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[Façade of main entrance of Kailas Hall, Hindu Cave XVI (Kailasanatha), Ellora.]

[Façade of main entrance of Kailas Hall, Hindu Cave XVI (Kailasanatha), Ellora.]

Photographer: Cousens, Henry

Medium: Photographic print

Date: 1875

Shelfmark: Photo 40/(138)

Item number: 138

Length: 24.3

Width: 28.8

Scale: Centimetres

Genre: Photograph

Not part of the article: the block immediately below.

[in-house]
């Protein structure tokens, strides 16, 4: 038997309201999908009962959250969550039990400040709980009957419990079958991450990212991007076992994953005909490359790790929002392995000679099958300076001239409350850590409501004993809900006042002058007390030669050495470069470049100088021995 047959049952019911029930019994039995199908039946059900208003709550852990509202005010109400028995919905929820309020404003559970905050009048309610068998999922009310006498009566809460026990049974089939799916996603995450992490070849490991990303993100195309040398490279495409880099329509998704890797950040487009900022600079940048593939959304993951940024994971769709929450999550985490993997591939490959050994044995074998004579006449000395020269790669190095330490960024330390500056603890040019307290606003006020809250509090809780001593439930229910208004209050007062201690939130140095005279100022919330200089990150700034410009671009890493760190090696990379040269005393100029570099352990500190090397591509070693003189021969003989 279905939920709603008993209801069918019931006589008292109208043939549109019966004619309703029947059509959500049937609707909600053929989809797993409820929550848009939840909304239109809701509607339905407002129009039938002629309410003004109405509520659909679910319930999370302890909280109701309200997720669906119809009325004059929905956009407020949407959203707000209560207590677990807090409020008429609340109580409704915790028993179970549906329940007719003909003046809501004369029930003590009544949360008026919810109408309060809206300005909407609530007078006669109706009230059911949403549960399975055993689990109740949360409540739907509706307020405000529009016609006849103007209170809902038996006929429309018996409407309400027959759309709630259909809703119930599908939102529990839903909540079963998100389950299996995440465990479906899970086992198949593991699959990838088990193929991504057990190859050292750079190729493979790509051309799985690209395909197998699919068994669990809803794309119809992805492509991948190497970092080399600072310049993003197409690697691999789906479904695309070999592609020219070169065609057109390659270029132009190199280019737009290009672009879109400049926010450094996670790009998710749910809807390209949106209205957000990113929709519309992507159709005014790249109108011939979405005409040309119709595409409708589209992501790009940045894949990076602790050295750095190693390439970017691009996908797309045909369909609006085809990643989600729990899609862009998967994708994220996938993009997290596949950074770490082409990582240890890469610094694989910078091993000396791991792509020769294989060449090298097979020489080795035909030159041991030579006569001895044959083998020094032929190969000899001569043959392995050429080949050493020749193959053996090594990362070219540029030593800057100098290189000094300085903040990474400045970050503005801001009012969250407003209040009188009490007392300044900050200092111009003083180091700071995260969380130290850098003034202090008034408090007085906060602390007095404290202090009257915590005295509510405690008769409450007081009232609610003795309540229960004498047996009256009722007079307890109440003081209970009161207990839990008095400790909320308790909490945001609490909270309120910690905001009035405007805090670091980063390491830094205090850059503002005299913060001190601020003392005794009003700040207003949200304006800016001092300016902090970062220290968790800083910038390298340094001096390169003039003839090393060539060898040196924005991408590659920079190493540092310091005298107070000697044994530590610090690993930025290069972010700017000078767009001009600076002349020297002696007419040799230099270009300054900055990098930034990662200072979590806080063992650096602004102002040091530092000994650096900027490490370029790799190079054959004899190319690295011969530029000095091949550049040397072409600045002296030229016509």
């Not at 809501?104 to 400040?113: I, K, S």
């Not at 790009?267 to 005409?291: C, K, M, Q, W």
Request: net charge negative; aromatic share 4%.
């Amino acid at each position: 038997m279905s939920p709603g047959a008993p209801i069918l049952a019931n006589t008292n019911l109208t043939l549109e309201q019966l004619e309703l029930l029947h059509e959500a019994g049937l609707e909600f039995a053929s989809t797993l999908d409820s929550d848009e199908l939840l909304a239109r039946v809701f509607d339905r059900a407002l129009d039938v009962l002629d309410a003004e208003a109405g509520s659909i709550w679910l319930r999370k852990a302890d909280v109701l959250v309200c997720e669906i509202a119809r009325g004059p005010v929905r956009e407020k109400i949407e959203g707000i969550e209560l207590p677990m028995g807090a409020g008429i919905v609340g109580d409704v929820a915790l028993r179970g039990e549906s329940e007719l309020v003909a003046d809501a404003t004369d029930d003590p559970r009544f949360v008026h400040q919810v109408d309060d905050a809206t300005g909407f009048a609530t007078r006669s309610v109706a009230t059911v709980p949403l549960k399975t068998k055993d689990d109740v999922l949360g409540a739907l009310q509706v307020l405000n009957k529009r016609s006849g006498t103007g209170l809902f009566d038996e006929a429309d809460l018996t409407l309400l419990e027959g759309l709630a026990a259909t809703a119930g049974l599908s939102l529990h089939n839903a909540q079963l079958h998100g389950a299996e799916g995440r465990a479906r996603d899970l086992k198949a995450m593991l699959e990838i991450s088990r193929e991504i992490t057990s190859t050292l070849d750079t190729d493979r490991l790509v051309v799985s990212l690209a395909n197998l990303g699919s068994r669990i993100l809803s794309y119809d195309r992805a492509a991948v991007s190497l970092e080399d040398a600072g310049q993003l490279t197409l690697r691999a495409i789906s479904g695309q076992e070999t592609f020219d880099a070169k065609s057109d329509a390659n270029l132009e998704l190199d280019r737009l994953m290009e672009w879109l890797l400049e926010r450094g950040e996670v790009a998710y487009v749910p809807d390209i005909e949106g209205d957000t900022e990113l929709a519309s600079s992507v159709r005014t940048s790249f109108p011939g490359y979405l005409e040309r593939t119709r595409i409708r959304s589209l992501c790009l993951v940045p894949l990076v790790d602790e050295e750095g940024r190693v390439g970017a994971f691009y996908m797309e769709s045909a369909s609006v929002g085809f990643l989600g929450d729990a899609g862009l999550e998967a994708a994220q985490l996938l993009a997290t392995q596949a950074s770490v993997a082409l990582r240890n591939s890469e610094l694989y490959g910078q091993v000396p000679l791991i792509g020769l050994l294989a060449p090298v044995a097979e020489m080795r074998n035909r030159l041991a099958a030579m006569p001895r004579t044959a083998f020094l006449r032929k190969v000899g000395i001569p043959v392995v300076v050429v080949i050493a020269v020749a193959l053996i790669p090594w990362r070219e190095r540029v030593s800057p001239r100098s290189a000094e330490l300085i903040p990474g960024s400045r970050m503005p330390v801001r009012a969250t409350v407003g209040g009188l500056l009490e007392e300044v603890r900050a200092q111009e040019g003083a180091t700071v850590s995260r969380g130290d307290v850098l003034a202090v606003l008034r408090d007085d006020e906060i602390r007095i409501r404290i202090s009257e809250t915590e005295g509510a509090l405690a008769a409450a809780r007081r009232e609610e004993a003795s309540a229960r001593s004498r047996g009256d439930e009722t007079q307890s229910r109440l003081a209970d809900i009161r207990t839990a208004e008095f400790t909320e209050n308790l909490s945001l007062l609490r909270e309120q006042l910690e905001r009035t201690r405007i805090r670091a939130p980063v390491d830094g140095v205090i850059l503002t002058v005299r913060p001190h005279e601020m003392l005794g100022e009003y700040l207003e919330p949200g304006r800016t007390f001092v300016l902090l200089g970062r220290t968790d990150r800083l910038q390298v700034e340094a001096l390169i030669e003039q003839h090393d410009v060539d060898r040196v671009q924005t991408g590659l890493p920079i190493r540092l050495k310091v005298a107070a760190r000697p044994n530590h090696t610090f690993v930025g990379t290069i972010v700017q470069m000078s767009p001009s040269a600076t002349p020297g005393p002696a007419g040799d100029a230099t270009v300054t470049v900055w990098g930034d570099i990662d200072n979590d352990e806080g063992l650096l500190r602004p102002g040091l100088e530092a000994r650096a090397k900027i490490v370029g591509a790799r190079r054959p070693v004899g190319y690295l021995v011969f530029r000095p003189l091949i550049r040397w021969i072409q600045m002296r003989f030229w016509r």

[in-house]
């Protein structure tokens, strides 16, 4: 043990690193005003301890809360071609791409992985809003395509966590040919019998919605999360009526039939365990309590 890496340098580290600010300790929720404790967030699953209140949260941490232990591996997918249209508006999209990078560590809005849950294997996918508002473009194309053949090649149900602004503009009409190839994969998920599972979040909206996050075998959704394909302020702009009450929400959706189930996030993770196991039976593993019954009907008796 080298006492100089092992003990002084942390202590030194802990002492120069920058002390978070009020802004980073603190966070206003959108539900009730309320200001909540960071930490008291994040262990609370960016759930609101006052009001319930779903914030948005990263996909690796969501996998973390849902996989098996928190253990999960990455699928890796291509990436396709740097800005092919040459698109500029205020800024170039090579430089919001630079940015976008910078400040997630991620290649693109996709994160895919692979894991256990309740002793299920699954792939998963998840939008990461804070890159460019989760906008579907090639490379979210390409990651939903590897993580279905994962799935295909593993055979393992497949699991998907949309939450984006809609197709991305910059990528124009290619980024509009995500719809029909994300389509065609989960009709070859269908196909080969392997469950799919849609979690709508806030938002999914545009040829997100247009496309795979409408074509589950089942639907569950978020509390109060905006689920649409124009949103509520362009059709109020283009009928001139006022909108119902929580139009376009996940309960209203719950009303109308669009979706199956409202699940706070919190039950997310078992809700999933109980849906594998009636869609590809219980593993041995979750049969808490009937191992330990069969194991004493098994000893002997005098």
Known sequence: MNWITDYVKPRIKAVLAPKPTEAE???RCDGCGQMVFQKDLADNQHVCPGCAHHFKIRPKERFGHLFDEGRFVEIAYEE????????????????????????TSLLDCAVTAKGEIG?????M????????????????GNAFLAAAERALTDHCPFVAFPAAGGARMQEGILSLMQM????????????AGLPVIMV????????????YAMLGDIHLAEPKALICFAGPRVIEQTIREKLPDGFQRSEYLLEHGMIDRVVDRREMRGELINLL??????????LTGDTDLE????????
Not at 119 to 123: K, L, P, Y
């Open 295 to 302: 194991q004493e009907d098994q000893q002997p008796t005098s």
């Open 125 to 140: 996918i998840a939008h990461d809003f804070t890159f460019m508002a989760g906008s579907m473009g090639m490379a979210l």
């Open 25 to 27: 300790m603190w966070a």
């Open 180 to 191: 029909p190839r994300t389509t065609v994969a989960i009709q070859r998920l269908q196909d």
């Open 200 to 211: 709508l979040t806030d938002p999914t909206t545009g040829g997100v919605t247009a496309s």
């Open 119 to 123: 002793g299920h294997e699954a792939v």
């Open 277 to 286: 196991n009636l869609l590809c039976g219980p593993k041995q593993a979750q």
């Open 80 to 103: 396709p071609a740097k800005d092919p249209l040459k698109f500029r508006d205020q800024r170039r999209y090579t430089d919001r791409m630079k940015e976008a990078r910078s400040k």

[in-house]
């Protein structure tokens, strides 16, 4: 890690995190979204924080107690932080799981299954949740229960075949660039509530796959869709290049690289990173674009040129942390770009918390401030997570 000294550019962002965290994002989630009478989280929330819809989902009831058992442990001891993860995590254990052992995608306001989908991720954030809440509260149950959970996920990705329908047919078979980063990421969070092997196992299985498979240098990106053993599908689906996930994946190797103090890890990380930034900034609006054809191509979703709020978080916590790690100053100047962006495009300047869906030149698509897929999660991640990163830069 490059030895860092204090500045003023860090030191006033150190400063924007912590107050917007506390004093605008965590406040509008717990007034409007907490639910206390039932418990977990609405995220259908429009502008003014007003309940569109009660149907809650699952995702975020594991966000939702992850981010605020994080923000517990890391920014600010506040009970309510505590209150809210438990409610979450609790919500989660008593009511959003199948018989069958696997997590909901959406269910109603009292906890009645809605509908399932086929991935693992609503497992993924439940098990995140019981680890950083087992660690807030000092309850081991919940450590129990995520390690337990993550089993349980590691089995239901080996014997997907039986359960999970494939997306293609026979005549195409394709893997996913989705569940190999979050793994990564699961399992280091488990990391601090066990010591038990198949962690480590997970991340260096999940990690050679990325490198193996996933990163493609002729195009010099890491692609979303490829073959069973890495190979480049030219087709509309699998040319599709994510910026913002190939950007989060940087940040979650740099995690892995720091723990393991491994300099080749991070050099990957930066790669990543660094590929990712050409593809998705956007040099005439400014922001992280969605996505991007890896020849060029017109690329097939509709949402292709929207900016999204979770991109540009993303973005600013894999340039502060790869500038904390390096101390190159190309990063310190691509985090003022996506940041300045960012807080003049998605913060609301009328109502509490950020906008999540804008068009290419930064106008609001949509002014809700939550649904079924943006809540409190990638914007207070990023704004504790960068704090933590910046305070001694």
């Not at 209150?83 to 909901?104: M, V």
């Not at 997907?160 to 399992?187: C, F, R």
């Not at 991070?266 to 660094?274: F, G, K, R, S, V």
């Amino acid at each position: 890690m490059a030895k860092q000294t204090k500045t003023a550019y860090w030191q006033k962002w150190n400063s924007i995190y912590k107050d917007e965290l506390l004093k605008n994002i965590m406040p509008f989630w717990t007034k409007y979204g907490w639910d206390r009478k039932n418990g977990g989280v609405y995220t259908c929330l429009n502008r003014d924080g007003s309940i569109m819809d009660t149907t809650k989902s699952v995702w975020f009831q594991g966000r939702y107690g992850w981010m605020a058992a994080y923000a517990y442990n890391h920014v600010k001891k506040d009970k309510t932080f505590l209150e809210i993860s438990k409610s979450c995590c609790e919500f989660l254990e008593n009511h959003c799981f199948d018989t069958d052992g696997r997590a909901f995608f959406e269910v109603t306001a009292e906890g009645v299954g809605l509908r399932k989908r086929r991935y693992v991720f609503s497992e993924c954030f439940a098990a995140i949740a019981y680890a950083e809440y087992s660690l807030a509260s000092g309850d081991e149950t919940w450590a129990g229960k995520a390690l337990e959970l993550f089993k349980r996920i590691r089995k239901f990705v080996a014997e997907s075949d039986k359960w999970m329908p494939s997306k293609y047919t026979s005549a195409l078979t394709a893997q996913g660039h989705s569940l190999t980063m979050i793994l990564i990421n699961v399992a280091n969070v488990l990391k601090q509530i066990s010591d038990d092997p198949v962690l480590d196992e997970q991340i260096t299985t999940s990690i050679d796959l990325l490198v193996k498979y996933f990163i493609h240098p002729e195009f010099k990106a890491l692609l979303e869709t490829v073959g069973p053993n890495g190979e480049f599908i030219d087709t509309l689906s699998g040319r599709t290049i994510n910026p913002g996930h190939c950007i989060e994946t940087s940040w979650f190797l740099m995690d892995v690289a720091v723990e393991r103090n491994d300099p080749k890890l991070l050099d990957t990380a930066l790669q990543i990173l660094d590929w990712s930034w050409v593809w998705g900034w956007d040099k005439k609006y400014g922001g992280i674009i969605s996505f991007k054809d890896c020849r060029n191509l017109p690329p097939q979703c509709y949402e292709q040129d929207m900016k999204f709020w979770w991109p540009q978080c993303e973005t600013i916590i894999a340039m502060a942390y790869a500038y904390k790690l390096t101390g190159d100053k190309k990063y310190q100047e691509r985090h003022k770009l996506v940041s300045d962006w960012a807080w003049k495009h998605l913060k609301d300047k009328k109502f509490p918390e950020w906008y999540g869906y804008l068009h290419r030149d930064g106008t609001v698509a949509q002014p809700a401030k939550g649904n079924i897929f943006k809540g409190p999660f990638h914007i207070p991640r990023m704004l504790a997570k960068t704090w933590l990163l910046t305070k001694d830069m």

Photograph of the façade of main entrance of the Hindu Cave XVI (Kailasanatha) at Ellora in Maharashtra, taken by Henry Cousens in the 1870s. The spectacular site of Ellora is renowned for its series of Hindu, Buddhist and Jain cave temples excavated into the rocky façade of a cliff of basalt. The works were carried under the patronage of the Kalachuri, the Chalukya and the Rashtrakuta dynasties between the 6th and 9th centuries. The Kailasanatha is a free-standing temple rather than a cave, entirely sculpted out of a great mass of basalt. Patronized by different rulers of the Rashtrakuta dynasty from the mid-8th century, it symbolizes Mount Kailasa, the abode of Shiva. Sculptures of river goddesses flank the entrance gateway which is set into a tall screen wall. Behind the screen the complex comprises three main sections; a Nandi shrine, a mandapa, and the main sanctuary. The principal shrine is topped by a pyramidal tower (shikara). Sculptural friezes in the temple depict tales from the Ramayana, the Mahabharata, and of the life of Shiva

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